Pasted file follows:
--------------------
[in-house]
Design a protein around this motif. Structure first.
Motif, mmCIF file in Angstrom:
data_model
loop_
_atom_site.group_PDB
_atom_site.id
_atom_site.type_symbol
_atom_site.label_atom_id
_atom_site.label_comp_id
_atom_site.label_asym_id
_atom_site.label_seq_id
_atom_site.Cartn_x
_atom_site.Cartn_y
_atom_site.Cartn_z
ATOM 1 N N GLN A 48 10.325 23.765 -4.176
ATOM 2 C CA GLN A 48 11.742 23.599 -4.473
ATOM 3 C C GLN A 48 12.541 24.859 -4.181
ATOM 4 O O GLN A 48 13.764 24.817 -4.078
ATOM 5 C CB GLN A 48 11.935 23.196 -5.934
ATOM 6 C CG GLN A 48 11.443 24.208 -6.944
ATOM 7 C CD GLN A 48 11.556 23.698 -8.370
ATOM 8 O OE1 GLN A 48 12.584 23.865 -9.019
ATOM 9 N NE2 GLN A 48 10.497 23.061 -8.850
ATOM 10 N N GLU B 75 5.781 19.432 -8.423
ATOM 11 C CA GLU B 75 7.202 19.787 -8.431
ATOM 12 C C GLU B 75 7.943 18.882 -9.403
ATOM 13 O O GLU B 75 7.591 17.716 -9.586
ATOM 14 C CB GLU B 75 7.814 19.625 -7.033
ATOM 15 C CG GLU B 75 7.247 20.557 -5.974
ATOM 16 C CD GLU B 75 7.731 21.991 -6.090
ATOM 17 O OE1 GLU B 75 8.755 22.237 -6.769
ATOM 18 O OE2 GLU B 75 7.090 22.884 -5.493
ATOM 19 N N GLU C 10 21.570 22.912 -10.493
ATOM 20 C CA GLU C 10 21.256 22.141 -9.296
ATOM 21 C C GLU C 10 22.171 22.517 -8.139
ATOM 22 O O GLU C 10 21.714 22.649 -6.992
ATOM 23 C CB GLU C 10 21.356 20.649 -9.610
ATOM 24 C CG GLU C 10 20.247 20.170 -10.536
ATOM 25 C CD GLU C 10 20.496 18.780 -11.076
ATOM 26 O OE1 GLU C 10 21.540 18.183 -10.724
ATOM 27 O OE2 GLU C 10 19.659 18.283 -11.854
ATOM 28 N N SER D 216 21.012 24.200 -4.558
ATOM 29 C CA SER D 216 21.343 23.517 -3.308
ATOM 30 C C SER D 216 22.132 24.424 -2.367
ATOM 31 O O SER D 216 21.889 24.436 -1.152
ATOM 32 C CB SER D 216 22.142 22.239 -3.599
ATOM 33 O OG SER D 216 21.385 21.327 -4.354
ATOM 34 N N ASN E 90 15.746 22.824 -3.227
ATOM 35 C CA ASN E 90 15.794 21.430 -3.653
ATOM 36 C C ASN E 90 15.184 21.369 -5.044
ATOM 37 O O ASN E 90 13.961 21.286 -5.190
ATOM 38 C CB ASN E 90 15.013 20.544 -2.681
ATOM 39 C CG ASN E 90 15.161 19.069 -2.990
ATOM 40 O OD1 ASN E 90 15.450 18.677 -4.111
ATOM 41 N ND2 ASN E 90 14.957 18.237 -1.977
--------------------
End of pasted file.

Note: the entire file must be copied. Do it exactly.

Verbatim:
[in-house]
Design a protein around this motif. Structure first.
Motif, mmCIF file in Angstrom:
data_model
loop_
_atom_site.group_PDB
_atom_site.id
_atom_site.type_symbol
_atom_site.label_atom_id
_atom_site.label_comp_id
_atom_site.label_asym_id
_atom_site.label_seq_id
_atom_site.Cartn_x
_atom_site.Cartn_y
_atom_site.Cartn_z
ATOM 1 N N GLN A 48 10.325 23.765 -4.176
ATOM 2 C CA GLN A 48 11.742 23.599 -4.473
ATOM 3 C C GLN A 48 12.541 24.859 -4.181
ATOM 4 O O GLN A 48 13.764 24.817 -4.078
ATOM 5 C CB GLN A 48 11.935 23.196 -5.934
ATOM 6 C CG GLN A 48 11.443 24.208 -6.944
ATOM 7 C CD GLN A 48 11.556 23.698 -8.370
ATOM 8 O OE1 GLN A 48 12.584 23.865 -9.019
ATOM 9 N NE2 GLN A 48 10.497 23.061 -8.850
ATOM 10 N N GLU B 75 5.781 19.432 -8.423
ATOM 11 C CA GLU B 75 7.202 19.787 -8.431
ATOM 12 C C GLU B 75 7.943 18.882 -9.403
ATOM 13 O O GLU B 75 7.591 17.716 -9.586
ATOM 14 C CB GLU B 75 7.814 19.625 -7.033
ATOM 15 C CG GLU B 75 7.247 20.557 -5.974
ATOM 16 C CD GLU B 75 7.731 21.991 -6.090
ATOM 17 O OE1 GLU B 75 8.755 22.237 -6.769
ATOM 18 O OE2 GLU B 75 7.090 22.884 -5.493
ATOM 19 N N GLU C 10 21.570 22.912 -10.493
ATOM 20 C CA GLU C 10 21.256 22.141 -9.296
ATOM 21 C C GLU C 10 22.171 22.517 -8.139
ATOM 22 O O GLU C 10 21.714 22.649 -6.992
ATOM 23 C CB GLU C 10 21.356 20.649 -9.610
ATOM 24 C CG GLU C 10 20.247 20.170 -10.536
ATOM 25 C CD GLU C 10 20.496 18.780 -11.076
ATOM 26 O OE1 GLU C 10 21.540 18.183 -10.724
ATOM 27 O OE2 GLU C 10 19.659 18.283 -11.854
ATOM 28 N N SER D 216 21.012 24.200 -4.558
ATOM 29 C CA SER D 216 21.343 23.517 -3.308
ATOM 30 C C SER D 216 22.132 24.424 -2.367
ATOM 31 O O SER D 216 21.889 24.436 -1.152
ATOM 32 C CB SER D 216 22.142 22.239 -3.599
ATOM 33 O OG SER D 216 21.385 21.327 -4.354
ATOM 34 N N ASN E 90 15.746 22.824 -3.227
ATOM 35 C CA ASN E 90 15.794 21.430 -3.653
ATOM 36 C C ASN E 90 15.184 21.369 -5.044
ATOM 37 O O ASN E 90 13.961 21.286 -5.190
ATOM 38 C CB ASN E 90 15.013 20.544 -2.681
ATOM 39 C CG ASN E 90 15.161 19.069 -2.990
ATOM 40 O OD1 ASN E 90 15.450 18.677 -4.111
ATOM 41 N ND2 ASN E 90 14.957 18.237 -1.977